Presentation on theme: "Maternal Nutrition & Hydration While Breastfeeding"— Presentation transcript:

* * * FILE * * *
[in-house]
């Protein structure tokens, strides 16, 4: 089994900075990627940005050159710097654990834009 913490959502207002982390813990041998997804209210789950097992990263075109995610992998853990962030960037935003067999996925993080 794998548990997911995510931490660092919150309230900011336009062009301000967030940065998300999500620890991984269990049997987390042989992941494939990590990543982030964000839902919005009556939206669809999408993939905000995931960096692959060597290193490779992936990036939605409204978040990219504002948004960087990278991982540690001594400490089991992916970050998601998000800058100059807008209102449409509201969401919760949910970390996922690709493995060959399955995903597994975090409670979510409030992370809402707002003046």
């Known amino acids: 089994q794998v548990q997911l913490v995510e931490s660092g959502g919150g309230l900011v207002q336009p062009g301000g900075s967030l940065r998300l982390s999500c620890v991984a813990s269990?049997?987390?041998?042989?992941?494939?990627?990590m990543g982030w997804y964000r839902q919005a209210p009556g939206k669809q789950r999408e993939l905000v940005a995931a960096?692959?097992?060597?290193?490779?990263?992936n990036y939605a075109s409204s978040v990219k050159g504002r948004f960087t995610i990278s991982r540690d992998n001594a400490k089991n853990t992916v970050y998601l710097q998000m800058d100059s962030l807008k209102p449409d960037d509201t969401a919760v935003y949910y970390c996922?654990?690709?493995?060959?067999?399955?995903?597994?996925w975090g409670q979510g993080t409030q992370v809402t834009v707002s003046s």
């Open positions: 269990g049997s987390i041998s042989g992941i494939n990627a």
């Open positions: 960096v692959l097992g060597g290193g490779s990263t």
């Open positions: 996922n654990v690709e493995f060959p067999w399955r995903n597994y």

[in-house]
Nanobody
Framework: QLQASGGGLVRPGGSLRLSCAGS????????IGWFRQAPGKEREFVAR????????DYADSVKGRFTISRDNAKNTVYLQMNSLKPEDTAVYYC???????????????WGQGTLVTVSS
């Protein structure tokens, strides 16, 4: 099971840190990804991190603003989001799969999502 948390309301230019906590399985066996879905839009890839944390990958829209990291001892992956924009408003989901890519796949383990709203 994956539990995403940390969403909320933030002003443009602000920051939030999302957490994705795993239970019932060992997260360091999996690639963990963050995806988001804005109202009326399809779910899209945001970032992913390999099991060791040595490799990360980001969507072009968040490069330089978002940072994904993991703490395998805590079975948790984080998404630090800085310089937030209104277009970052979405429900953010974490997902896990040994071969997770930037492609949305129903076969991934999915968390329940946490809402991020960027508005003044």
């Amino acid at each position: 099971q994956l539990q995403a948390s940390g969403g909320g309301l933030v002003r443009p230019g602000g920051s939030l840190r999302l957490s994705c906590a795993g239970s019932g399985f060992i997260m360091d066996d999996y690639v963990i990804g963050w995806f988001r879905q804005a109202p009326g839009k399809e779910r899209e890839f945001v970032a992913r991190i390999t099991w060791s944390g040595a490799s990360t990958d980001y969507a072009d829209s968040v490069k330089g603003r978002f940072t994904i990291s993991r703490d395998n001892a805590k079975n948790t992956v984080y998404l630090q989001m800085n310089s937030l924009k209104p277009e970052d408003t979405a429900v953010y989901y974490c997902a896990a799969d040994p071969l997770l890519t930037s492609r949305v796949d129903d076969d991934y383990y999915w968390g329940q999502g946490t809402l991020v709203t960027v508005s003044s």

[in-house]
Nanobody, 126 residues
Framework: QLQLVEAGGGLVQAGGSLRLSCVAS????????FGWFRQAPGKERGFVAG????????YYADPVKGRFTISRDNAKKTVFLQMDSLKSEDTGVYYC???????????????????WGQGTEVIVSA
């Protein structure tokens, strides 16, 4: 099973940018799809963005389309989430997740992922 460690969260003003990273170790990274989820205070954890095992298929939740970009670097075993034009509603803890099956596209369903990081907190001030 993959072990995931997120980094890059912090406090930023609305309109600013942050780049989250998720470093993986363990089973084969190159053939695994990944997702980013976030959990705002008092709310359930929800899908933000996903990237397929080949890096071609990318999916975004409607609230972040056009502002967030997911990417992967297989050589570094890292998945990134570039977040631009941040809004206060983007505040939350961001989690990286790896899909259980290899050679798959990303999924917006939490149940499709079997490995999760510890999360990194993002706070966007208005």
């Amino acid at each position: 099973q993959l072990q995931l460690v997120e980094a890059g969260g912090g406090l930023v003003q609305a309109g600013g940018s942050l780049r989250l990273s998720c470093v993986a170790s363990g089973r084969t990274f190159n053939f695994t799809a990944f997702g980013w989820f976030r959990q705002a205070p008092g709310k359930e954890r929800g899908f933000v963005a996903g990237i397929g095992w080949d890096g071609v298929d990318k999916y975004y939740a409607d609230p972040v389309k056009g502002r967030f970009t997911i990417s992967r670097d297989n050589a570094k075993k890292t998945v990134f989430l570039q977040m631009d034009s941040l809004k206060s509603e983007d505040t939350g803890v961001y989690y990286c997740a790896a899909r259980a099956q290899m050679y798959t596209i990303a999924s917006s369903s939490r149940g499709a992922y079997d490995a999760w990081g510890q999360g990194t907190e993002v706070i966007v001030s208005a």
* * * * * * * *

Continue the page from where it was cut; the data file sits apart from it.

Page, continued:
1 Maternal Nutrition & Hydration While Breastfeeding Raissa Ameh, BSN, RN, Sarah Dennis, BSN, RN, Megan Heusinkvelt, BSN, RN, Jessica Xie, BSN, RNUniversity of Nebraska Medical Center, College of Nursing, Omaha, NEBackgroundMajor Recommendations for Healthcare Providers Caring for Breastfeeding Women (Clinical Guideline)Infants should be fed exclusively on breast milk for at least six months(WHO, 2002)Benefit of breastfeeding:TrainingAssess personal beliefs toward breastfeedingEnsure health care professionals working with women of childbearing age have knowledge & skills to giveadvice on:Nutritional needs of all pregnant & breastfeeding women & infantsImportance of a balanced diet while breastfeedingBenefits of milk intake while breastfeedingRecommendations & rational for dietary supplementsStrategies for improving eating behaviorsImportance of breastfeeding, benefits of breastfeeding, & barriers to breastfeedingFood supplementation ProgramHealthcare providers should screen all patients to determine need for government assistanceProvide supplemental food to low income womenDiet during lactationAssess patient’s dietary habits, knowledge, & myths about diet & breastfeeding*Educate breastfeeding women on consumption of gas producing foodsEducate women & partner about food preparation methods: grilled or baked, not friedEducate women on limiting high salt & sugar content foodsEducate women on avoiding/limiting caffeine, carbonated beverages, & alcoholEducate women on the importance of a healthy balanced diet while breastfeedingEducate women on the importance of milk intakeNutritional supplementsEducate women on the recommendations of dietary supplementsVitamin DFolic acidCalciumMultivitamin or prenatal vitaminFatty acidAdequate caloric intake to maintain breast milk supplyLactating women with a healthy weight need to increase energy intake to 500kcal/day during first 6months of breastfeeding+Adequate fluid intake to support milk production14-50 year old lactating women: 3.8 L/day+Teach women strategies to improve eating habits5 portions of fruits & vegetables a day, & 1 portion of oily fish a week*ObesityEducate overweight lactating women that restricting their energy intake by 500kcal/day will help them loseweight while meeting daily dietary requirements-Best method to weight loss is to decrease intake of foods high in fat & simple sugars & increase intakeof foods high in calcium & vitamin DAdvise women with a Body Mass Index (BMI) over 30 that weight loss during lactation will not affectquantity of quality of milk*Encourage exerciseAllergiesAssess women & partner for family history of allergies*Educate women that breastfeeding may help to prevent or decrease occurrence of allergy developmentAdvise women to breastfeed for 6 months & to continue to breast feed while introducing solid foodsSupportConsider religious & cultural experiences that may prevent or influence the patient to breastfeedAssess skills & knowledge of the patientProvide breastfeeding support program for breastfeeding womenStart breastfeeding education early—during the pregnancy if possibleProvide patients with reliable informational sources—website & print materialsInclude the patient’s spouse or significant other during breastfeeding education sessions*Health care providers should pay extra attention to women who are least likely to breastfeed (i.e. young women, thosefrom disadvantaged groups, limited education)*Ensure that patients whose first language is not English have access to interpretation services & printmaterials on breastfeeding in their native language*Have a breastfeeding expert readily available for questions, support & additional educationMedicationsDiscuss medication needs with breastfeeding mothers*Ensure safe medications are prescribed that will not affect milk supply*(NICE, 2008) +(Butte, 2010) -(Lovelady, et. al., 2006) RA, SD, MH,JXReduced mortality in preterm infantsReduced infant morbidity from infections: gastrointestinal, respiratory,urinary tract & middle-earReduced risk of infections, allergies, & chronic diseases in the infantEnhanced cognitive developmentBreastfeeding women have lower incidence of breast cancer, ovariancancer, endometrial cancer & hip fracturesDelay in return of ovulationBreastfeeding women with return to pre-pregnancy weight more quicklyReduced health inequalities for low-income mothers & children if breastfedfor 6 months **(NICE, 2008) RA, SD, MH, JXHealth Promotion ModelThe Health Promotion Model focuses on helping patients develop positive health seeking behaviors by incorporating their personal experiences & individual characteristics. This model acts as a guideline to allow the healthcare provider to make accurate identifications of individual risks & situational factors, so that appropriate behavior change strategies can be suggested.Improving nutrition during pregnancy & breastfeeding leads to improved health for not only the mother & infant, but also her family. Many barriers, past life experience & situational factors affect a woman's ability to breastfeed. Through individualized education & professional support, many women can be encouraged to change their nutritional habits in order to promote breastfeeding & reduce health disparities .RA, SD, MH, JXGuideline ObjectivesTo increase awareness of dietary needs of pregnant & breastfeedingwomenTo improve nutritional status of women during conception, pregnancy,& the lactation periodTo promote breastfeedingTo promote evidence-based practiceRA, SD, MH, JXTarget PopulationArea: Southeast Nebraska: Otoe, Nemaha, Richardson, Pawnee, &Johnson CountiesMean Household Income: $37,024 (Se. NE) Vs. $47,470 (NE)*Location: Women, Infants, & Children (WIC) clinicsPopulation characteristics: All women of childbearing age who arepregnant or who may become pregnant, especially postpartum womenbetween the ages of years oldHealthcare professionals who provide care to this population*(Nebraska City Area Economic Development Corp, 2009)2 cups, Apples, Bananas, Berries, Cherries, Nectarines, Melons, 100% fruit juice3 cups, Milk, Cheese8 ounces, Whole grains, Brown rice, Oatmeal3 cups, Dark greens, Starchy vegetables, Red & Orange vegetables, Beans & Peas6 1/2 ounces, Meat, Poultry, Eggs, Seafood, Nuts & BeansRA, SD, MH, JX* These amounts are for an average breastfeeding womanStakeholdersPhysiciansPhysician AssistantsMidwivesRegistered NursesSocial WorkersPharmacistsPublic Health OfficialsClinic administratorsFamiliesCommunitiesAdvanced Practice NursesLactation ConsultantsRegistered DietitiansNutritionistChange in knowledge & dietary habits of pregnant & breastfeeding womenImproved caloric intake in women who are pregnant & breastfeeding to support milk productionImproved nutrition, well balanced meals & intake of essential vitamins & minerals for all pregnant &breastfeeding womenAdequate fluid intake during pregnancy & lactation for all pregnant & breastfeeding womenEarly identification of women at need of nutritional supportVitamin/nutritional supplementation provided for women in needIncrease in the breastfeeding rate for patients in this target populationIncrease in maternal/child health for patients in this target populationIncreased breastfeeding knowledge in healthcare providers working with the target populationExpected OutcomesRA, SD, MH, JXSourcesButte, N. F. (2010). Maternal nutrition during lactation. In S. Abrams & K. Motil (Eds.),UpTo Date. Available fromLovelady, C.A., Stephenson, K.G., Kuppler, K.M., & Williams, J.P. (2006). The effects of dieting on food & nutrient intake of lactating women. Journal of the American Dietetic Association, 106(6), doi: /j/jada National Institute for Health & Clinical Excellence (NICE) (2008). Improving the nutrition of pregnant & breastfeeding mothers & children in low-income households. National Guideline Clearinghouse. Retrieved 6 June, 2011 from Nebraska City Area Economic Development Corp (2009). Southeast Nebraska Regional Demographics. Retrieved on 29 June, 2011 fromUnited States Department of Agriculture (2011). Pregnancy & Breastfeeding. Retrieved on 29 June, 2011 fromWorld Health Organization, Infant & young child nutrition: Global strategy on infant & young child feeding. Retrieved from 21 June, 2011RA, SD, MH, JX